At the same time, producers of easy-to-use programs usually can't charge as much for them as for complex programs, reinforcing companies' reluctance to push simplicity. A few low-priced, easy-to-use programs like Quicken, a $49 check-writing program from Intuit in Palo Alto, Calif., have become best sellers. But all the big software companies count on selling software for $300 or more, and emphasize power over simplicity.

The whole process of software design also deserves some of the blame for complexity. For starters, when companies test their designs, they go to their existing customers. "Designers design a lot of code for people just like them," says Roger MacNamee, who runs T. Rowe Price's science and technology fund. "That explains why the current market doesn't get enlarged. There's no design step that says, `Put an idiot in front of the screen.'"

Because there aren't many standards, each designer also develops the best system he or she can imagine. The effect is comparable to having each typewriter manufacturer lay out its own keyboard, as they did before they standardized the QWERTY keyboard after 1873. "Everyone is reinventing the wheel," says Jan Davidson, president of educational software producer Davidson & Associates Inc. The result: No user can easily guess what keys will do what.

Even with a mouse, it often takes considerable pointing and clicking to be sure how to print out a line in boldface or indent a paragraph. "We have to constantly rein in our programmers," says Linda Pollin, chief financial officer of Interactive Media, a Diamond Bar, Calif., software firm. "Otherwise you get 40,000 icons that only two people recognize, and it takes 27 clicks to get to the place where you want to go."

And then there's the issue of the installed base. Software developers are so concerned about making it easy for current users to switch to new versions of their programs that they maintain illogical systems that they think users are accustomed to. Mr. Peterson of WordPerfect recalls, "We knew in 1985 that F3 shouldn't be the `help' key. But we decided we didn't want to upset the {existing} customers. If we had it to do over, we would have changed." Since then, millions of people have gotten used to WordPerfect's unorthodox system, making changes even harder.

Moreover, accommodating past software and vast amounts of installed hardware takes programmers a great deal of time. A software programmer joke: How could God create the world in six days? He didn't have an installed base.

But accommodating the installed base frustrates many efforts to make software easier. Microsoft Inc. of Redmond, Wash., is pushing Windows, a Macintosh-like software package for IBM-compatibles. Windows uses a mouse and graphical icons such as trash cans to represent commands. But buyers of Windows find it can take as long as four hours to adjust it for particular networks, printers and video displays, says Corporate Software Inc., a Canton, Mass., software-sales company that surveyed its customers.

William Gates, Microsoft's chairman and chief executive, says, "even as we make products simpler, the variety of hardware configurations and things people want to do is extensive," requiring custom fitting.

There is some good news, however: Software is easier to use today than it used to be. WordPerfect gets an average of one telephone call for help for every package it sells, half the rate three years ago. David Reed, chief scientist at Lotus, recalls that when he started using minicomputers, "they were only for people like me. You used all your knowledge all the time, just to use the computer."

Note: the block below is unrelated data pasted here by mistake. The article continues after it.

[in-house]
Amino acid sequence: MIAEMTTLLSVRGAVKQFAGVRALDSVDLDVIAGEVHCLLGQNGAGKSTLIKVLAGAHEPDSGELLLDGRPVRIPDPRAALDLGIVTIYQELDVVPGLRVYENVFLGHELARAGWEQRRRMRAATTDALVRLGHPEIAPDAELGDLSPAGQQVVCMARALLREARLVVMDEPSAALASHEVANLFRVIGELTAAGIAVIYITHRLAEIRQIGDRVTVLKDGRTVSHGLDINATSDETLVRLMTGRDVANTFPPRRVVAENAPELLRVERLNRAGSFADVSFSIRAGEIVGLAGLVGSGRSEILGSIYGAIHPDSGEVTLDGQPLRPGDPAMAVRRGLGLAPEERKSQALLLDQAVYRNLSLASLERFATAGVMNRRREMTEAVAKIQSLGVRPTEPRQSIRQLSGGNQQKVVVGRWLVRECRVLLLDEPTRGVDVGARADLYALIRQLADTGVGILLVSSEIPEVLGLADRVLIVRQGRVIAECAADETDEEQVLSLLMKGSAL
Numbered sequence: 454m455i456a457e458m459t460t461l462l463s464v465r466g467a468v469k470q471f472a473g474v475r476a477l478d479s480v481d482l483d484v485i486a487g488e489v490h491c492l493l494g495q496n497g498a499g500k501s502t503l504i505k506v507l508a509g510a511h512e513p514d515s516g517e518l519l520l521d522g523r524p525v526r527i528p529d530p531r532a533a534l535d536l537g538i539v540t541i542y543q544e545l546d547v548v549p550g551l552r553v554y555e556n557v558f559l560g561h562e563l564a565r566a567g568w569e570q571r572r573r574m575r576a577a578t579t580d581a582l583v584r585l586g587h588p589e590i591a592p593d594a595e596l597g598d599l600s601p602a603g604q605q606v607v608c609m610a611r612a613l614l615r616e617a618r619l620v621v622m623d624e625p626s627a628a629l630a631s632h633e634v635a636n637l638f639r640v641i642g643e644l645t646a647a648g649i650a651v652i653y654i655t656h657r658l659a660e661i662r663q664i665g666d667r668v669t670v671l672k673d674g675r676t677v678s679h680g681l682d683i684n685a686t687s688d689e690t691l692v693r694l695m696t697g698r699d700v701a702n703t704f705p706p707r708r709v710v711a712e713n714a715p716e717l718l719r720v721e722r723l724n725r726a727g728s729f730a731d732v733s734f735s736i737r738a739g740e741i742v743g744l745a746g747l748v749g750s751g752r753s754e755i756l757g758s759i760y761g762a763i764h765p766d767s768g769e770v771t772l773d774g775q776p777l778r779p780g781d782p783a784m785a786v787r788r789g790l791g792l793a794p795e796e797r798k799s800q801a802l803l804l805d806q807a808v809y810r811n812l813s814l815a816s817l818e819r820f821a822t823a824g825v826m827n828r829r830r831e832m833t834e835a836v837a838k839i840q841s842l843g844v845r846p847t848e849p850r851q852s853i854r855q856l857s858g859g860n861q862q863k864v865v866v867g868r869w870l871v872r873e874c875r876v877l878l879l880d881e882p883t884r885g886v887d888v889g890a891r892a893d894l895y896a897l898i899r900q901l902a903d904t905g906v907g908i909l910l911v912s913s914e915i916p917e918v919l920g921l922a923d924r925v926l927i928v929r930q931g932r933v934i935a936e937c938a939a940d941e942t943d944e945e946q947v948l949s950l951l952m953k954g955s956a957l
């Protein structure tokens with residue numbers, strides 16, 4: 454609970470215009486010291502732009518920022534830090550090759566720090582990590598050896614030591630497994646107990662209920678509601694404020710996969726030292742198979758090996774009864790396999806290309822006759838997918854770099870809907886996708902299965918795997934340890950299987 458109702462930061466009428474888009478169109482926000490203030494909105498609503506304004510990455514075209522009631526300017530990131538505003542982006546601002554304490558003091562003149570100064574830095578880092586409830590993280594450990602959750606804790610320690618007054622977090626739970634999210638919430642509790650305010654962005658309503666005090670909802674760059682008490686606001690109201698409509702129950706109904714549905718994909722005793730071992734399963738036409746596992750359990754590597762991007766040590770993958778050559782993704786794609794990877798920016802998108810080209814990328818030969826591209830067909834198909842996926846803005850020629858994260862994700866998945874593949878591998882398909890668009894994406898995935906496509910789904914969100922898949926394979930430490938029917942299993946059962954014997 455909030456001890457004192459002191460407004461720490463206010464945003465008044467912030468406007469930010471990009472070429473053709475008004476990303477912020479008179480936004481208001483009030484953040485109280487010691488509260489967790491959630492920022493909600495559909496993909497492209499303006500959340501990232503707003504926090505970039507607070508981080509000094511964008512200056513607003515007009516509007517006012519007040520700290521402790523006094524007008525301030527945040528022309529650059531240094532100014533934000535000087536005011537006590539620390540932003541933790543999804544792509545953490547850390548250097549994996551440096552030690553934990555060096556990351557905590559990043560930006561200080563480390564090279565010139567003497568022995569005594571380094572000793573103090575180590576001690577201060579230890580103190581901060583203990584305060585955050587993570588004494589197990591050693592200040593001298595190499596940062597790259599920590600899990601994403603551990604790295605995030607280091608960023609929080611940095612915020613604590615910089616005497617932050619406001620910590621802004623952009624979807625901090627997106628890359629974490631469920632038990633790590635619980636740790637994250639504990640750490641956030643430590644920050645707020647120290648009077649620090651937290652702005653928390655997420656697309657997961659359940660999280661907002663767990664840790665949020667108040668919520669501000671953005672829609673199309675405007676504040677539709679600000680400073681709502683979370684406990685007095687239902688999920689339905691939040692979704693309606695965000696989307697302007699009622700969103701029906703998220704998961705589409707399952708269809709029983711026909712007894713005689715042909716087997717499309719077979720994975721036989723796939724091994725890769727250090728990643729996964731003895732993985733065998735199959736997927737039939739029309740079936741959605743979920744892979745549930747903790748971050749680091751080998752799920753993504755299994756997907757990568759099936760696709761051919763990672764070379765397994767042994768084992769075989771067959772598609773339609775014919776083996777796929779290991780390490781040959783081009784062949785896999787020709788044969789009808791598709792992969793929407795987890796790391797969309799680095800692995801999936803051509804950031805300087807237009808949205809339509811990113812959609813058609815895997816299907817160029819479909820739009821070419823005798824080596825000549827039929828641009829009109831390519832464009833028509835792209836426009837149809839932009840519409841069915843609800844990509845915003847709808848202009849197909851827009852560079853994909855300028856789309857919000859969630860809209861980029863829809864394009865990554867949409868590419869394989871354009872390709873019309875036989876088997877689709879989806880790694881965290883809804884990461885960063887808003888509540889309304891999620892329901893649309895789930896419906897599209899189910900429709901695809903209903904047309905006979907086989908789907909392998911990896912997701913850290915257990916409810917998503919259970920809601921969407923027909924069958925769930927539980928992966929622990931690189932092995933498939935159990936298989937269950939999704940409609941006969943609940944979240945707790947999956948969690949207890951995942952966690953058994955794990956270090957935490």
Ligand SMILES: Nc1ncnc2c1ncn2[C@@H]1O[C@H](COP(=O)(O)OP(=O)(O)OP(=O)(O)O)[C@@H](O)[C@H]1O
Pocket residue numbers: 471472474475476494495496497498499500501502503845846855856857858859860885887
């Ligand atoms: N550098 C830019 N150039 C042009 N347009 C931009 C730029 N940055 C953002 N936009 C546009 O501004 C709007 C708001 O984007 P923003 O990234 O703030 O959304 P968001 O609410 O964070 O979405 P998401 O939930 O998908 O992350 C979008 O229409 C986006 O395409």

Consultants say that graphical programs like Windows and Apple's Macintosh do make it easier to learn software. Temple, Barker & Sloane Inc., a Lexington, Mass., consulting firm, concluded that novices using graphical programs were half as frustrated as people using older software designs -- and taught themselves 23% more. But many Windows users still have to deal with older application programs with disparate demands.

New operating systems may offer more hope. Mr. Liddle of Metaphor, who is heading up an IBM-sponsored project, says that future software will be written in small, reusable chunks that other programmers or even ordinary users can patch together to make the exact package they want. "Ideally, you want it as easy as a component stereo system to plug things together," says Larry Tesler, vice president, advanced products, for Apple Computer. That currently is impossible, because there isn't any consistent way for one program to tell another to perform a calculation or reduce the size of a chart.

Other experts think the solution will be to get rid of the keyboard. "The keyboard will be dead in five or 10 years," predicts Mr. Bricklin.

The first big step in that direction will be so-called slate computers -- flat, notebook-sized devices that are controlled by pens writing across the screen. Jerrold Kaplan, chairman of GO Corp., South San Francisco, says GO's Penpoint operating system permits "software designed for people whose lives are focused on their work, and not on the tools to do their work."

Programmers say that Penpoint isn't designed for composing novels, but it works well for editing letters, say, or scheduling time. The screen looks like a loose-leaf notebook and a user can move from program to program by touching the pen to the pages. "We're able to deliver compelling simplicity because it's the first time you're physically touching the computer program," says Mr. Kaplan. He believes that removes some of the abstraction that discourages many novices.

But the ultimate in simplicity will occur when computers become powerful enough to understand speech. Currently, even the best speech programs require the user to slowly train the computer to understand each speaker or pause between words and often repeat statements. But that's enough to be useful in some applications. Emergency-room doctors now routinely dictate information on their patients to a computer system developed by Kurzweil Artificial Intelligence Inc., Waltham, Mass., in order to print out diagnoses and prescriptions.

Even sophisticated software programmers are surprised when they see how easy computers can be without keyboards. A few months ago, Raymond Kurzweil demonstrated the system to an audience of Massachusetts software developers. After a few minutes of dictation, he ordered his computer: "Print report." The audience broke into applause.


Mr. Bulkeley is a staff reporter in The Wall Street Journal's Boston bureau.

Copyright (c) 1991, Dow Jones & Co., Inc.